The new system allows for a team to gain a point if they lose only by twelve points or less. To redress the balance, three points are awarded for a win, and two for a draw. The idea was that a team trailing by over twelve points towards the end of the game would continue to fight for a bonus point instead of giving up.
This, in theory, would mean fewer one-sided games. However, not one losing side was able to narrow the margin of defeat by enough to gain the new bonus point. In fact, eleven of the thirteen games were won by a margin of over twenty points.
To add to the evidence against the new system’s effectiveness, of the seven engage Super League games so far the largest winning margin was eight points. In six of these games the bonus point would have been awarded, with the exception of the draw between Hull and the Catalans.
Surely that shows that any points incentive has no bearing on the outcome of a game. The Super League so far this season has seen matches that are too close to call, while the National Leagues – despite the introduction of the new system – were nowhere near as competitive.
The idea of the new bonus points system was always based on a false assumption: that the reason teams lost by heavy margins was because they weren’t trying, and needed some incentive. That has been shown not to be the case. The number of close games has more to do with the quality and evenness of the competition.
It has to be pointed out that this is only how the picture looks after one week of matches, and they new system may yet bear fruit. Nevertheless, the first impressions are that this is another well-intentioned idea that will only serve to complicate matters.
Jack of all trades
The RFL may have though that having a full-time Great Britain coach is a great idea, but not everyone agrees. The most high profile personality to raise any objections to the plan is Phil Larder, who used to work at the RFL as National Director of Coaching.
Larder makes a compelling argument when he says that asking anyone to be a full-time Great Britain coach involves taking on three roles at once: the job the RFL has in mind involves being a coach, a coach educator and a performance director. It would take someone very special to do all three jobs well.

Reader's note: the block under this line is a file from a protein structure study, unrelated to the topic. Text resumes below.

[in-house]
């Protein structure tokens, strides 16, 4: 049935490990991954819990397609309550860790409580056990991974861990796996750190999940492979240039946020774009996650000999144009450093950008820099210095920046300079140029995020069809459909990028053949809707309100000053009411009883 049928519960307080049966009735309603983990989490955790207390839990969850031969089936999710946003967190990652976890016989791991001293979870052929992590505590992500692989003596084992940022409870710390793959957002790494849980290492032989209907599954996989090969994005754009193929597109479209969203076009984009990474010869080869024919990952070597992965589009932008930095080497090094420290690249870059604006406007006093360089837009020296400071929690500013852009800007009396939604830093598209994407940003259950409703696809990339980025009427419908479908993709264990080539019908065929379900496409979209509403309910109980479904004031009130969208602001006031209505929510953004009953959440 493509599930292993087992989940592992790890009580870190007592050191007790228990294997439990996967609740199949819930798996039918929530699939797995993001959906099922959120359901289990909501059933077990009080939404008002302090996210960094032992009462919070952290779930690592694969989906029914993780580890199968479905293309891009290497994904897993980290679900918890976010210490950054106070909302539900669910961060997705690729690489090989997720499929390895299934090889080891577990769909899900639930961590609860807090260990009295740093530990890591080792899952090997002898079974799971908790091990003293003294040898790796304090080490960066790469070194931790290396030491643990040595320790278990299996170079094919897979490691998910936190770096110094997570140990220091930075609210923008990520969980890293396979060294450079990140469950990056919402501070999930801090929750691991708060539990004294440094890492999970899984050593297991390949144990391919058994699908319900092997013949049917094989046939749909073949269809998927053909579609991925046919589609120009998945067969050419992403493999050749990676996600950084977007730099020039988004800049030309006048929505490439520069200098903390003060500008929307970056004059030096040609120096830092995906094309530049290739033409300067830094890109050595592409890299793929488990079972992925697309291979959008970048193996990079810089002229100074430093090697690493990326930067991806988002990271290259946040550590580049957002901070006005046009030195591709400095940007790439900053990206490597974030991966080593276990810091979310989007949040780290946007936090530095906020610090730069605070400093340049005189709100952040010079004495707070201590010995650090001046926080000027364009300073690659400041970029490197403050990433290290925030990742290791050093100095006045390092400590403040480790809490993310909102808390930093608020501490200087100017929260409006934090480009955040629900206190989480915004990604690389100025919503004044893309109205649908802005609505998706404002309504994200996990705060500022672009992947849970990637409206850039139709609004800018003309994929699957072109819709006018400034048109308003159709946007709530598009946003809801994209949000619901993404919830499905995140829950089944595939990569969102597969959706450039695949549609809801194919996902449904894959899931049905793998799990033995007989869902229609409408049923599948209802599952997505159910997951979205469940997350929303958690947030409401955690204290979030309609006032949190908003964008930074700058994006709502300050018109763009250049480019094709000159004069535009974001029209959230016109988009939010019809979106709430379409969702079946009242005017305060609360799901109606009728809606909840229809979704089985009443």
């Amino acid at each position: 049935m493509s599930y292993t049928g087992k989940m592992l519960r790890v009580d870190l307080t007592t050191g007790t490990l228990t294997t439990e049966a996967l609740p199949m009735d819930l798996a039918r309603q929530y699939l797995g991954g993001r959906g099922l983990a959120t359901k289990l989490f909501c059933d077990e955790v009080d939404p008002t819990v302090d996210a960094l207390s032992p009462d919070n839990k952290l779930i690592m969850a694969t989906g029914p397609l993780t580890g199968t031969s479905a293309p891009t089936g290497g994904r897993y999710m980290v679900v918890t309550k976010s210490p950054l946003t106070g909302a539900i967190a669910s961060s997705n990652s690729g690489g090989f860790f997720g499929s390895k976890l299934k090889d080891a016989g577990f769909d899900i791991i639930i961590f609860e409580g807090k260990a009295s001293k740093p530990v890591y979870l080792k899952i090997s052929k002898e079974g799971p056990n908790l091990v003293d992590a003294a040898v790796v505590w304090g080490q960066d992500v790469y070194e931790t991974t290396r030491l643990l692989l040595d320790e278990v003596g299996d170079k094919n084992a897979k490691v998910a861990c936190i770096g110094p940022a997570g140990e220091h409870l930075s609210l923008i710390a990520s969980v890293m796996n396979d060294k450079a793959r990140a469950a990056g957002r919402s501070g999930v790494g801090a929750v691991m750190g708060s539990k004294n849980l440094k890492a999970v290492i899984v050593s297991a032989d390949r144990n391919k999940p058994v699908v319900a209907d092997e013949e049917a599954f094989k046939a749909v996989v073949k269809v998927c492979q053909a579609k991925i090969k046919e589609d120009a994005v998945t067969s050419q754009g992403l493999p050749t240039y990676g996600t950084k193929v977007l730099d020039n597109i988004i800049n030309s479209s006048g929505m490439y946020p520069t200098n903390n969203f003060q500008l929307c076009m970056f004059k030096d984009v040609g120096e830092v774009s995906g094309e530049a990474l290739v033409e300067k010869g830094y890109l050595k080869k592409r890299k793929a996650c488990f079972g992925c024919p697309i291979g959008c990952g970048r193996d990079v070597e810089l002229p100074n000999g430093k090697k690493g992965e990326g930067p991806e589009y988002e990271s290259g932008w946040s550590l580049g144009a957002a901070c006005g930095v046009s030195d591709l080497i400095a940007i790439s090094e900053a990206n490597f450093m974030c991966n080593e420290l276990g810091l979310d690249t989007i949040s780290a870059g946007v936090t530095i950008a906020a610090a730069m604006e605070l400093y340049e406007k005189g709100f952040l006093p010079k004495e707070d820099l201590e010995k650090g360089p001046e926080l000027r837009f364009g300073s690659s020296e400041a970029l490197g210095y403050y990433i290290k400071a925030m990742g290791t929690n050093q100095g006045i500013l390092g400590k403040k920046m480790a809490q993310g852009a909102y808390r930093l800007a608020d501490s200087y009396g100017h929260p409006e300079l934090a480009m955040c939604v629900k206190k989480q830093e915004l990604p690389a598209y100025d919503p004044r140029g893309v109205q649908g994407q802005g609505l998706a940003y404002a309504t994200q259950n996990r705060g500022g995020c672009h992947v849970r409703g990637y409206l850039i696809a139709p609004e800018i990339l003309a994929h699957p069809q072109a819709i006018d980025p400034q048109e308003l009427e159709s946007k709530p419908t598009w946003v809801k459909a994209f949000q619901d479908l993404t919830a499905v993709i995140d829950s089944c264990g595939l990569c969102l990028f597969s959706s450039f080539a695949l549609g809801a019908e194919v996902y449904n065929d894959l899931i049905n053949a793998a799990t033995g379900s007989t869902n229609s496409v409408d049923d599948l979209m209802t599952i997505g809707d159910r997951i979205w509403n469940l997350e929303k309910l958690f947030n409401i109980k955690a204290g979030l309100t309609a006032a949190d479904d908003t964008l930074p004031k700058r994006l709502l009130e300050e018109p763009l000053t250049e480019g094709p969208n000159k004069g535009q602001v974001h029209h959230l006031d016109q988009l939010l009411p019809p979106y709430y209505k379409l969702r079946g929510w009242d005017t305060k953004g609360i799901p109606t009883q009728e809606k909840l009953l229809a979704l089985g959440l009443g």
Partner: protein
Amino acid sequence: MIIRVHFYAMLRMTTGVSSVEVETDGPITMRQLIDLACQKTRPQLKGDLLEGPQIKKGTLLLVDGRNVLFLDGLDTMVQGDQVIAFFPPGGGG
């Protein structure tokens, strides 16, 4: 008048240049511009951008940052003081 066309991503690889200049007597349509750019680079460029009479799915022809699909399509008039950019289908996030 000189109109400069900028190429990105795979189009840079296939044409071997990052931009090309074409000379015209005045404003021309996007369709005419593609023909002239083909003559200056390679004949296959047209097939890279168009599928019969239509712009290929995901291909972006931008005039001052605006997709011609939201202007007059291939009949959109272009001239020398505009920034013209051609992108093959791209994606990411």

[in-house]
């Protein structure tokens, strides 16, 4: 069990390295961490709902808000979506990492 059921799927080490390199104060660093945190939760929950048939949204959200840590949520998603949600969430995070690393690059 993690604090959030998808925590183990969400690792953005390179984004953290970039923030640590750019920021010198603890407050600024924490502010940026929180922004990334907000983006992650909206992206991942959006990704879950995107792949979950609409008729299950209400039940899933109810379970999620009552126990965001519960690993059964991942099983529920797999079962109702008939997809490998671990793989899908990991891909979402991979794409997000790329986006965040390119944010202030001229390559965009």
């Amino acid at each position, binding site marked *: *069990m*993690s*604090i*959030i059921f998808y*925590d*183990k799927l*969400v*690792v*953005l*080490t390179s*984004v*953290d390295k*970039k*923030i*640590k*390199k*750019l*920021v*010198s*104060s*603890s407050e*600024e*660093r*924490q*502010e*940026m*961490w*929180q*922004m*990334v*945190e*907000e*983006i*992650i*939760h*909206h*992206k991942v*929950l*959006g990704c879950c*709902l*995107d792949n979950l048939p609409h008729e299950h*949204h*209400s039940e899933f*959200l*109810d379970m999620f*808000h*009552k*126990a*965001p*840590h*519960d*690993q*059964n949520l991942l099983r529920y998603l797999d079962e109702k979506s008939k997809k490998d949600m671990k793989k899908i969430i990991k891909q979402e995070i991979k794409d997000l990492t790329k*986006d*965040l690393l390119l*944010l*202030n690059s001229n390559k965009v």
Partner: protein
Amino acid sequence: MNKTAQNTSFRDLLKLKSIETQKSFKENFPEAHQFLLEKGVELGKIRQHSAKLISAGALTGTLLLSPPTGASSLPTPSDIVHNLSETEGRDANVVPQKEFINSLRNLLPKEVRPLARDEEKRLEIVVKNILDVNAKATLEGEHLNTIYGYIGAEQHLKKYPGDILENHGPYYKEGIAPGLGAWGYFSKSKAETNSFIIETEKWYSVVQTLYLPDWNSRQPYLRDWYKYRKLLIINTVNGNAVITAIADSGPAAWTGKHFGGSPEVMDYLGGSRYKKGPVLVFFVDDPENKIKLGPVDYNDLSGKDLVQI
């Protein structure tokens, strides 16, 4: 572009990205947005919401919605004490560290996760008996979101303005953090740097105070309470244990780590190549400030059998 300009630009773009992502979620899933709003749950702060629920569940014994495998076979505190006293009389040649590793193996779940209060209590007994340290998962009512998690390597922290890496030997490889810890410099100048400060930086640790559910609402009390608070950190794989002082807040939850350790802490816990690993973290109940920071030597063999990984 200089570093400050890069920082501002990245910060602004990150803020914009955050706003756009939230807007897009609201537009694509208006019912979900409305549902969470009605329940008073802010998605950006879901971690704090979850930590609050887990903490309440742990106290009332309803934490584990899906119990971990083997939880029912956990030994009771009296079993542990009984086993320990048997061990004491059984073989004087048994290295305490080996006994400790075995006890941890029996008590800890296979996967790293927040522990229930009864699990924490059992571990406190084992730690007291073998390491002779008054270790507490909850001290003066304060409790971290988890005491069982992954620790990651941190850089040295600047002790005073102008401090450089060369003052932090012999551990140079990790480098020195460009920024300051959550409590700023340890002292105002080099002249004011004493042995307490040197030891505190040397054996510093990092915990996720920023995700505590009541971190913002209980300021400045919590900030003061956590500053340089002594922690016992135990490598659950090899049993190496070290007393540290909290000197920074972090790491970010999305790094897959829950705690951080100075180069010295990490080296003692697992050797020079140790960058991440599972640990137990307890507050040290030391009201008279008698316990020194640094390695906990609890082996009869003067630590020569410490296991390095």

Maybe, as Larder suggests, the RFL would do better to appoint another Super League coach to the job. This would give the opportunity for someone like Paul Cullen or Karl Harrison to get their teeth into the challenge.
More arguments for expansion
History was made last week when a 12-year-old London schoolboy became the youngest ever rugby league referee. Harry Neville passed the referees’ test at 11, and took charge of a curtain-raiser ahead of Harlequins’ friendly with London Skolars.
Harry now wants to become a full-time referee in the future, and let’s hope he does it. The question must be asked though: if league had never expanded at amateur level into the capital, would he ever have been able to take up the whistle?
Probably not. And that’s why expansion at the grassroots level continues to be important for rugby league. It’s all very well to say that the game may never really take off outside the heartlands, which may be true. But, if we don’t try, how many future referees, players and coaches are we letting slip through the net?
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